This section is from the book "A Treatise On The Construction Of The Statute Of Frauds", by Causten Browne. Also available from Amazon: A treatise on the construction of the Statute of frauds.
1 Howe v. Batchelder, 49 N. H. 204; Kingsley v. Holbrook, 45 N. H. 313; Putney v. Day, 6 N. H. 430.
2 Green v. Armstrong, 1 Denio 550; Warren v. Leland, 2 Barb. 613. See Bank of Lansingburgh v. Crary, 1 Barb. 542. And the Court of Appeals of that State have gone so far as to hold that poles used necessarily in cultivating hops, which were taken down for the purpose of gathering the crop and piled in the yard, to be replaced in the season of hop raising, were a part of the real estate. Bishop v. Bishop, 1 Kernan 123. And see Frank v. Harrington, 36 Barb. 415.
3 Slocum v. Seymour, 36 N. J. L. 138. See Westbrook v. Eager, 1 Harr. 81; Thompson v. Tilton, 34 N. J. Eq. 306.
4 Owens v. Lewis, 46 Ind. 488; Armstrong v. Lawson, 73 Ind. 498. And see Kluse v. Sparks, 36 N. E. Rep. (Ind.) 914.
5 Vulicevich v. Skinner, 77 Cal. 239.
6 Carson v. Browder, 2 B. J. Lea (Tenn.) 701. And see Powers v Clarkson, 17 Kansas 218.
7 Smock v. Smock. 37 Mo. App. 56.
8 Hirth v. Graham, 50 Ohio St. 57.
§ 257 a. In most of those States which have extended the validity of the oral contract in passing the title before severance to sales of the annual produce of land, the question whether the oral contract would be in like manner valid in the case of natural growth has not been decided. In those States where it has been decided, the results are conflicting; the Supreme Court of New York, on the one hand, holding that the oral contract of sale in the case of natural growth is not effectual to pass the title before severance,3 and the courts of Yermont and Pennsylvania, on the other hand, manifesting a disposition to treat such contracts as effectual for that purpose.4 There is an evident uncertainty in the dealing of the courts with this subject, from which there appears to be no relief but by keeping steadily in view the question whether or not the contract of purchase involves, either by express stipulation or by fair implication from the circumstances, an agreement that the buyer shall have the right to occupy or enter upon the land during a definite or indefinite time after the bargain. Where such an agreement makes part of the transaction, it seems clear that an interest in land is contracted for and agreed to be given.1 But where, as in Marshall v. Green,2 there is no agreement that the goods shall remain on the vendor's land, the vendee's right to come in and take away what he has bought not depending upon any contract or agreement, but being a mere incident of his purchase arising by implication of law, and not subject to revocation by the owner of the land, the contract is for the sale, not of land, but of goods, and this independently of the nature of the growth sold.
1 Buck v. Pickwell, 27 Vt. 157. See Daniels v. Bailey, 43 Wisc. 566: Lillie v. Dunbar, 62 Wisc. 198.
2 Sterling v. Baldwin, 42 Vt. 306; and see Fitch v. Burk, 38 Vt. 687. 3 Lawrence v. Smith, 27 How. Pr. 327; Wood v. Shultis, 4 Hun 309; and see Killmore v. Howlett, 48 N. Y. 569, per Gray, C. Dicta to the same effect in Slocum v. Seymour, 36 N. J. L. 138; Owens v. Lewis, 46 Ind. 488.
4 See cases cited in note to § 257. Also McClintock's Appeal, 71 Pa. St. 365.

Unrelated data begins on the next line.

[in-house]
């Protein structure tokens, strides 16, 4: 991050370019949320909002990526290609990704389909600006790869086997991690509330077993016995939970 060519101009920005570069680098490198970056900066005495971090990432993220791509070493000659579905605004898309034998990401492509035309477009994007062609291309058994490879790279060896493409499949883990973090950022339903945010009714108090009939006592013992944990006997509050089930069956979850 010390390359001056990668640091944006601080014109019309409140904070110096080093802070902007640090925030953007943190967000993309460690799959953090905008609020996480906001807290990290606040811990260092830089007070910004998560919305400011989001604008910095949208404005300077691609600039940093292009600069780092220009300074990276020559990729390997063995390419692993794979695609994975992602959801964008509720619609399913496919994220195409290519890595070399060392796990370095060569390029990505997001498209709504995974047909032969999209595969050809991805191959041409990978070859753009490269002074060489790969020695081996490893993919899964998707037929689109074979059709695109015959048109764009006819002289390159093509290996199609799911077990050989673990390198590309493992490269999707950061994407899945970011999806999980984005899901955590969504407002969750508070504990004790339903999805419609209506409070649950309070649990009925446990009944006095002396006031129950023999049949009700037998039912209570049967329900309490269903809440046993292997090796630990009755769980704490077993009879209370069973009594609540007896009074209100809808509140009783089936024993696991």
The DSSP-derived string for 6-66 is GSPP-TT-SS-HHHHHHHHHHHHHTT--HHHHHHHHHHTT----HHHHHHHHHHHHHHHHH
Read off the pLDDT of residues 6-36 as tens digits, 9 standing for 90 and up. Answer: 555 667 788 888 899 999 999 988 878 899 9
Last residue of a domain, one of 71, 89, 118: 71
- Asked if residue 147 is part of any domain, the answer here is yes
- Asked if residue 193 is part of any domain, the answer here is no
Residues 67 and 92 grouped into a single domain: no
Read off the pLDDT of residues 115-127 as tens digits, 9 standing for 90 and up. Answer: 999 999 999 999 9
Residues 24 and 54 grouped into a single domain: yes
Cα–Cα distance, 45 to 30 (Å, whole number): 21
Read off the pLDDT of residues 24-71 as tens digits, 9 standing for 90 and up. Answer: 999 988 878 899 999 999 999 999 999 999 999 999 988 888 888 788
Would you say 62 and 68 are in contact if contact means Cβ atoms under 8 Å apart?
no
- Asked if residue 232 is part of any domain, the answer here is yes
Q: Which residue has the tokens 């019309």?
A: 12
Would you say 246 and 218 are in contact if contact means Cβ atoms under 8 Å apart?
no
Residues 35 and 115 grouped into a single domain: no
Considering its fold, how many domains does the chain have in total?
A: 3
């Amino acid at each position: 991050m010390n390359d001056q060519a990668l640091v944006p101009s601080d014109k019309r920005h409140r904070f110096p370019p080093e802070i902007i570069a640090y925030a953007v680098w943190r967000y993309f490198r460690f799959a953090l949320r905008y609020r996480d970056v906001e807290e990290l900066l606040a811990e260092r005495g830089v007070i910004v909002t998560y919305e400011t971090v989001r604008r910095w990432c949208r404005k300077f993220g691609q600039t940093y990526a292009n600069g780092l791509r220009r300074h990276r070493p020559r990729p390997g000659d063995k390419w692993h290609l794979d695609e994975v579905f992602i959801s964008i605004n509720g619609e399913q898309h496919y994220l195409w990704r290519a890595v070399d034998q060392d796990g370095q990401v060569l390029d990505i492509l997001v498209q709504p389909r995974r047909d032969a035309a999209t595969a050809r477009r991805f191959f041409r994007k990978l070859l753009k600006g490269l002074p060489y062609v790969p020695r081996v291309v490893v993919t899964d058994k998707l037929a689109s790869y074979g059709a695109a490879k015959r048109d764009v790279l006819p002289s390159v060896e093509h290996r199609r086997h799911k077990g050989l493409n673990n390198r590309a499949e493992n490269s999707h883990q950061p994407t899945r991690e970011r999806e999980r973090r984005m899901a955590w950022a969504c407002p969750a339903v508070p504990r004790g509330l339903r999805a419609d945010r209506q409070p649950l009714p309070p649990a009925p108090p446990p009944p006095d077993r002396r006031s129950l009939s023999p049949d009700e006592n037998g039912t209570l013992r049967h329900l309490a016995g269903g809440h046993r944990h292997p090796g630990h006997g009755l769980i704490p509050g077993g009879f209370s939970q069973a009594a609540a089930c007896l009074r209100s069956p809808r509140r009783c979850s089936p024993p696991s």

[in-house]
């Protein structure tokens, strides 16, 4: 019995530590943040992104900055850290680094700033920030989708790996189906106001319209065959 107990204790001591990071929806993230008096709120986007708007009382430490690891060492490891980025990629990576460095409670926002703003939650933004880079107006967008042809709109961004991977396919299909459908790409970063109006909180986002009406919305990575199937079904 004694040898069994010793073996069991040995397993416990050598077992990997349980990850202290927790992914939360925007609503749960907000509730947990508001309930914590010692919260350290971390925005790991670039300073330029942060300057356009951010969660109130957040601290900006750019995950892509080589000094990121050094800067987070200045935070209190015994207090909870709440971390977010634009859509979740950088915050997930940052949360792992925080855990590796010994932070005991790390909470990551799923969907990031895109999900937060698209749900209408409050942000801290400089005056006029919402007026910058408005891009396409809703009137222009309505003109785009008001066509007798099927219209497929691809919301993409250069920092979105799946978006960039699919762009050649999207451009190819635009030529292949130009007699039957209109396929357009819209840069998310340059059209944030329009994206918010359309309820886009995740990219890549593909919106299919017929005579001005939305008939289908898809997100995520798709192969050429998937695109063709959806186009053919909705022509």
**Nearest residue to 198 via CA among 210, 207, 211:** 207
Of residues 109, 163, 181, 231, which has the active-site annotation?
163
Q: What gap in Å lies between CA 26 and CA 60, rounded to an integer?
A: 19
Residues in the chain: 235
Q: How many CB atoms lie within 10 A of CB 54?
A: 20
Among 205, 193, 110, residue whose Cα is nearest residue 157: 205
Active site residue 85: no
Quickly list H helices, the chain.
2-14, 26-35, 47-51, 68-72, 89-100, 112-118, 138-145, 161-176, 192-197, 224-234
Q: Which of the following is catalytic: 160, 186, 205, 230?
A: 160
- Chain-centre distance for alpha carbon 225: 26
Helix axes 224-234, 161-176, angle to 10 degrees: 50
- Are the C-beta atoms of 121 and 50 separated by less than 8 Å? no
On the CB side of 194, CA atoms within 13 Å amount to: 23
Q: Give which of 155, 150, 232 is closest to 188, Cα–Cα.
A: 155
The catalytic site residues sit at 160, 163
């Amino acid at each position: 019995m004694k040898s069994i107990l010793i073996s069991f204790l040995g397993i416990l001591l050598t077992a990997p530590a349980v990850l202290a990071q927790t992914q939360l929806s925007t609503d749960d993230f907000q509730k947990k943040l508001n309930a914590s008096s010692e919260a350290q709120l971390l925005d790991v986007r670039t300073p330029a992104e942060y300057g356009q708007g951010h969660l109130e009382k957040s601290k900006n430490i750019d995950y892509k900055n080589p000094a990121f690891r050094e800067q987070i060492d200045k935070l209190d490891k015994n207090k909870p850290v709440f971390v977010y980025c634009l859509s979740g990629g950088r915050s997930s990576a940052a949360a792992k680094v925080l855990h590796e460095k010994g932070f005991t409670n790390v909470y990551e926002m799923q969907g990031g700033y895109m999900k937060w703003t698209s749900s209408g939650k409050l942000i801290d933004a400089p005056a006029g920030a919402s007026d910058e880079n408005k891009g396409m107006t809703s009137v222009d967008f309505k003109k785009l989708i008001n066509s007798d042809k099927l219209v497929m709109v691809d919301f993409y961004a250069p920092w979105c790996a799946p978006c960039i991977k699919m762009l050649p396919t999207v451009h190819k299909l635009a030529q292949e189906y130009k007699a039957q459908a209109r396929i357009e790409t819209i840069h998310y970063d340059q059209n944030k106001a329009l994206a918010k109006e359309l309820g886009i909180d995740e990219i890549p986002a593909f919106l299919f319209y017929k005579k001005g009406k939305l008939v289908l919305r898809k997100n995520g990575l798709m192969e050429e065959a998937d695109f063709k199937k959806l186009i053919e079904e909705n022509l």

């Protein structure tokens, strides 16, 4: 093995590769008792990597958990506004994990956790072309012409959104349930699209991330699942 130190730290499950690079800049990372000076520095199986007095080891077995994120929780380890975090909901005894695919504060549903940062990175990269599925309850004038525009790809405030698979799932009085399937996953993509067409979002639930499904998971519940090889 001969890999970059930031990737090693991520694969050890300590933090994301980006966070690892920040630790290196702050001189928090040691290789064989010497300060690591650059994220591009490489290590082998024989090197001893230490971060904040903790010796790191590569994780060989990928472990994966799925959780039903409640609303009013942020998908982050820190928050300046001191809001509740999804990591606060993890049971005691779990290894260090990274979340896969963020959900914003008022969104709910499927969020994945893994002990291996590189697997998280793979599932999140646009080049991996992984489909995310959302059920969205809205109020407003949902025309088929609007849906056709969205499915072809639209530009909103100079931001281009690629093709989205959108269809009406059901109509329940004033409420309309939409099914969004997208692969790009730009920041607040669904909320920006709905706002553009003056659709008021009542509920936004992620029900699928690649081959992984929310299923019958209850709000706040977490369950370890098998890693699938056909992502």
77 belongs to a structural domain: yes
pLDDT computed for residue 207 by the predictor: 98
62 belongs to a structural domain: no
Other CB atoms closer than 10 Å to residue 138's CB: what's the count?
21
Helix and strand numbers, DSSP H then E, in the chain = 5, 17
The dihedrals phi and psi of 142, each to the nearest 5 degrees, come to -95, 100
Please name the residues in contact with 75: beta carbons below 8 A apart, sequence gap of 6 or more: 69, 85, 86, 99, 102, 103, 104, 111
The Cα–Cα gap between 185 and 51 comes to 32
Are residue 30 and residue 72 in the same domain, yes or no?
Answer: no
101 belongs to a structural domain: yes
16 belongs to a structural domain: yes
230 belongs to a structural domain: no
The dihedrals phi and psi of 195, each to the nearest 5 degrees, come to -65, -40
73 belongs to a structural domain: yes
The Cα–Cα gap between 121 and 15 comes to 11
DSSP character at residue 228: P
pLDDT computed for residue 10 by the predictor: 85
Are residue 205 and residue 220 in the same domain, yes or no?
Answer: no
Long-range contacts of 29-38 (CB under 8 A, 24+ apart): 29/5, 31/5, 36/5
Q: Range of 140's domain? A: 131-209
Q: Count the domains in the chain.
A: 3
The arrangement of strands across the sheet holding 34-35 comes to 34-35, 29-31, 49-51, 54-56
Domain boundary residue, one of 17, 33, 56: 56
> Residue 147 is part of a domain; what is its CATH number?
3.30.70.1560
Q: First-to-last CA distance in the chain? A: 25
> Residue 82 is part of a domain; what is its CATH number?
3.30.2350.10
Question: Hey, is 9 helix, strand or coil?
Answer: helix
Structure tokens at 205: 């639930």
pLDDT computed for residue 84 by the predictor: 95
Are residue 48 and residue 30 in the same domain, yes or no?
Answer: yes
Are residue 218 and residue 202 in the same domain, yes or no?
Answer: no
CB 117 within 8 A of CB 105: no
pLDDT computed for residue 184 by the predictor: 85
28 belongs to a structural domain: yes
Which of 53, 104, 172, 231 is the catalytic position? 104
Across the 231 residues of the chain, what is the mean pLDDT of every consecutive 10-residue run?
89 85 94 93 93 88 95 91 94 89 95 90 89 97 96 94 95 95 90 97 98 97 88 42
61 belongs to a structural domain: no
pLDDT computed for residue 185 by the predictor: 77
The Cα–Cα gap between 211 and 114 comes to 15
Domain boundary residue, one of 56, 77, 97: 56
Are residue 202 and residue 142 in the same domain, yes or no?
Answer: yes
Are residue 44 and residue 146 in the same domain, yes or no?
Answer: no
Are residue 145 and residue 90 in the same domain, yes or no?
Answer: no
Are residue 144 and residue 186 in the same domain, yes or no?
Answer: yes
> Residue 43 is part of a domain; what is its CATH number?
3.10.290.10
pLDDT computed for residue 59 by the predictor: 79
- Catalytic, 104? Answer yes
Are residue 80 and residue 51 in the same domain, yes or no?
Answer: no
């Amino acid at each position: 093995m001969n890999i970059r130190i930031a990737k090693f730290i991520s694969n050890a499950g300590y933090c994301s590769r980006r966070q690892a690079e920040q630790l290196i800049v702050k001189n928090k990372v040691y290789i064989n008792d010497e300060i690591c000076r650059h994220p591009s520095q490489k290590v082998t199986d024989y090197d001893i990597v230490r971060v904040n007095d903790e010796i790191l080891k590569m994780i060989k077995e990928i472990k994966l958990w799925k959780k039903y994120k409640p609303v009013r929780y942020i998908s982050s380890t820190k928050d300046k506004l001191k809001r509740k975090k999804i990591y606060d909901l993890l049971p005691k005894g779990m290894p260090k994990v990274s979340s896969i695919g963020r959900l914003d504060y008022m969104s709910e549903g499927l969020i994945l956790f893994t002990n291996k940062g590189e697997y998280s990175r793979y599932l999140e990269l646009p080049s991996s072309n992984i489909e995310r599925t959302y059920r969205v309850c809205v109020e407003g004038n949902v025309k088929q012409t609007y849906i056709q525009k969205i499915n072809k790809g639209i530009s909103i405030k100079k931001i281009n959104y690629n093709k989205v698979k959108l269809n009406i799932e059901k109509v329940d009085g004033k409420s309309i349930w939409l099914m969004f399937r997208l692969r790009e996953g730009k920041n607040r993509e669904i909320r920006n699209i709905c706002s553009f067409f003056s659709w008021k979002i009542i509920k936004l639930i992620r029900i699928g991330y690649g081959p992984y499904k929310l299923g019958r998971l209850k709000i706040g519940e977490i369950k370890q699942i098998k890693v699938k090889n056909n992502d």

§ 258. The impression appears to have prevailed at one time that shares in incorporated or joint-stock companies, whose profit, and the consequent value of the shares held by the several stockholders, were derived from the use and ownership of real property, were themselves to be deemed an interest in or concerning land, so as not to be capable of purchase and sale without a memorandum in writing, as required by the fourth section of the Statute of Frauds. The doctrine is stated with some confidence by Mr. Roberts, at least as applied to shares in canal navigations and all species of tolls.3 And, in part upon his authority, it was determined in an early case in Connecticut that shares in a turnpike company which had power by its charter to make and maintain a road and collect a toll thereon were real estate, and were not subject to testamentary disposition by a testator not qualified to devise real estate, notwithstanding that their right of taking toll was limited to the reimbursement of expenses and interest.1 These opinions, however, are founded principally on the case of Townsend v. Ash,2 where Lord Hardwicke held shares in the New River Corporation to be real estate; and that case has been since explained in the important decision of Bligh v. Brent, in the Court of Exchequer,3 as proceeding on the ground that there the individual corporators owned the property, and the corporation only had the management of it. In a later case in the same court, Bligh v. Brent has been affirmed and the law finally settled on this point. The opinion of Martin, B., is very clear and satisfactory. After remarking that all the great railway companies, canal companies, and dock companies possessed land to a very great extent and value, and that land or real property was the main substratum of their joint-stock or partnership property, and their profits directly obtained from its use, he says: "The shareholder has only the right to receive the dividends payable on his share, that is, a right to his just proportion of the profits arising from the employment of the joint stock, consisting indeed partly of land; but whilst he holds his share he has no interest or separate right to the land, or any part of it. He is, indeed, interested in the employment of it; but he cannot proceed against it directly for anything which is due to him, or make any part of it his own for the purpose of satisfying any demand which he may have as shareholder. He is not in the situation of a mortgagee, who has a direct interest in the land; or of a joint tenant or tenant in common, who may make a part of it his own in severalty. Upon a dissolution or determination of the joint concern, he may possibly, though not very probably, become the owner of a part or share in the land; but if he does, it is not by virtue of any term in the partnership agreement [or act of incorporation], but upon a new transaction whereby the parties to the joint concern may, by virtue of a new contract, become separate owners of separate shares in the land belonging to it. Upon his death nothing descends to his heir; all goes to his personal representative, whether the land be held for years or in fee-simple, and his representative acquires no interest in the land different from what he himself had. . . . Land is merely a part of the joint-stock capital, and the real substantial interest of the shareholder and that which the share represents is the participation in, and right to participate in, the profits."1 Upon this case and those which are referred to in the opinions of the judges, it must be considered as now settled that shares in companies owning land are not necessarily themselves interests in land, whether the companies be incorporated or joint-stock, or whether they be for mining, railway, canal, banking, or any other purpose.3 § 259. Where land is owned by a partnership, each partner, of course, is entitled to his proper share in it. And here must be remarked an important exception (for so it seems we are forced to regard it) to the operation of the statute as it affects interests in land. Where two men are found jointly occupying a piece of land, incurring equal expenditures upon it and enjoying equal profit from it, the relation which from such facts would be presumed to be existing between them is that of joint tenancy, and, as incident to that joint tenancy, upon the death of either the whole would go to the other by right of survivorship. And naturally we should say that any agreement by which the course of the estate in the event of the death would be altered, must be in writing as affecting the title to real estate. But when the parties are really partners, and the land has been brought into and actually held and used by the partnership for partnership purposes, the courts have dealt with it as partnership property, although the ownership has not been apparently in all the members of the firm, or, if in all, not apparently as partners, but under some other title. As Lord Chancellor Loughborough says in Forster v. Hale, a very valuable case on this point, " the partnership being established by evidence, upon which a partnership may be found, the premises necessary for the purposes of that partnership are by operation of law held for the purposes of that partnership."1 For it seems that the earlier authorities to the effect that real estate used for partnership purposes maintains its character of realty, and goes to the heirs of the partners respectively,1 have been overruled, and that all property, whether real or personal, involved in a partnership concern, is now, upon the dissolution of the partnership distributable as personalty, and generally is to be, for ordinary purposes, regarded as stock in trade.2